Last year, David Yoon’s Frankly in Lovewas the subject of a bidding war among publishers enchanted with the inventor’s debut young adult novel. Happily for the Los Angeles-based author, history repeated itself this week.

Yoon’s novel Version Zero, a thriller aimed at adults, sold to publisher Putnam in a six-figure deal, Publishers Weekly reports.

Yoon’s agent, Josh Getzler, said the book is “the first great millennial thriller,” and compared it, somewhat incredibly, to a mix between The Fault in Our Starsauthor John Green and Chuck Palahniuk’s Fight Club (your ex-boyfriend’s favorite novel). The book tells the story of three young people who go to war with tech companies engaged in unsavory practices.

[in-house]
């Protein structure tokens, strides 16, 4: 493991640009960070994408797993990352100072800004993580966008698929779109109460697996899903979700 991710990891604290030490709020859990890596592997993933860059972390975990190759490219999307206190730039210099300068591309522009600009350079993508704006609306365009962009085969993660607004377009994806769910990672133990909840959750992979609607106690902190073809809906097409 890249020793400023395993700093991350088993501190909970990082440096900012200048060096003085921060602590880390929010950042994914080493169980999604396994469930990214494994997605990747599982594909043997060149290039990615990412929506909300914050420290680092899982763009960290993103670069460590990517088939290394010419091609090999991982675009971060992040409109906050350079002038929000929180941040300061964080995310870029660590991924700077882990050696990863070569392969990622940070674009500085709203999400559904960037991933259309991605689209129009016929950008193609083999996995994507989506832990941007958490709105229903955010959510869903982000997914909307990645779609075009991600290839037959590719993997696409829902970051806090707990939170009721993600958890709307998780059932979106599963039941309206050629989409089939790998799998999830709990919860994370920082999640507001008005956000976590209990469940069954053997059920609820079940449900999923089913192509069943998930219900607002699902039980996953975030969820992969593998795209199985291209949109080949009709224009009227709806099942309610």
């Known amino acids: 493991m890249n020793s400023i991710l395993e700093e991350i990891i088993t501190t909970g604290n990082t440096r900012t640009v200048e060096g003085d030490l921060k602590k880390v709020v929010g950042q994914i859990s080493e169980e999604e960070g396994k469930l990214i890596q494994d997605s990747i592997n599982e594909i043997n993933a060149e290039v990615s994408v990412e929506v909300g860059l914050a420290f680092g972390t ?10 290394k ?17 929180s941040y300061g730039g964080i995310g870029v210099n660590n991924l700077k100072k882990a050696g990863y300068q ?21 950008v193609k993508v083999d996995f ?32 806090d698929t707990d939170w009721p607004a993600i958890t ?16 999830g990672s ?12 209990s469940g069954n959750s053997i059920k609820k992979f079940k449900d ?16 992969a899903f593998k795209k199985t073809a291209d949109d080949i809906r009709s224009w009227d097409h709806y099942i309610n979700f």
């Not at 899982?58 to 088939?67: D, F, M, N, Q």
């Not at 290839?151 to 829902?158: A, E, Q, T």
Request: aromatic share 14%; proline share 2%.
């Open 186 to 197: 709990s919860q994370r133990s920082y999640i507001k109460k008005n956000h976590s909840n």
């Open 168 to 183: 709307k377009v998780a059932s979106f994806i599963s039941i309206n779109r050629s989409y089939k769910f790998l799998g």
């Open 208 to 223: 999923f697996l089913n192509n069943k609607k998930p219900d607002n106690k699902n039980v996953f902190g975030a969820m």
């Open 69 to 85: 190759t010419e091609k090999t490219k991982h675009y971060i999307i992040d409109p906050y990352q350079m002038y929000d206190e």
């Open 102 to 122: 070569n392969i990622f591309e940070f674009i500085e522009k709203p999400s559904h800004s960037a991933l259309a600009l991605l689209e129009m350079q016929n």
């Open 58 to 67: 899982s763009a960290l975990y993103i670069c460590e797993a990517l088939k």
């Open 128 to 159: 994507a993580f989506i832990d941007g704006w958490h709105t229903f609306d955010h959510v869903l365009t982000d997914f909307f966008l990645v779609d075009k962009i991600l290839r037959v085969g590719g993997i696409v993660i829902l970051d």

Frankly in Love caused a stir in young-adult circles when it was published last month, drawing positive reviews from critics and landing on the New York Times bestseller list. It was optioned for a movie a year before it hit bookstore shelves.

The book, which follows a nerdy Korean American high school senior whose parents disapprove of him dating white girls, won praise for its sensitive handling of racial issues.

“It never really occurred to me until I wrote this book that I've been calling myself Korean American my whole life,” Yoon said in an interview with NPR. “There's always this qualification that I am Korean first and American second. Whereas, you know, the white majority in this country, they don't have to deal with that kind of thing. They just call themselves Americans.”

Kirkus called the book “a spectacular debut” and “a deeply moving account of love in its many forms.”

There’s no release date as of yet for Version Zero.

Michael Schaub is an Austin, Texas-based journalist and regular contributor to NPR.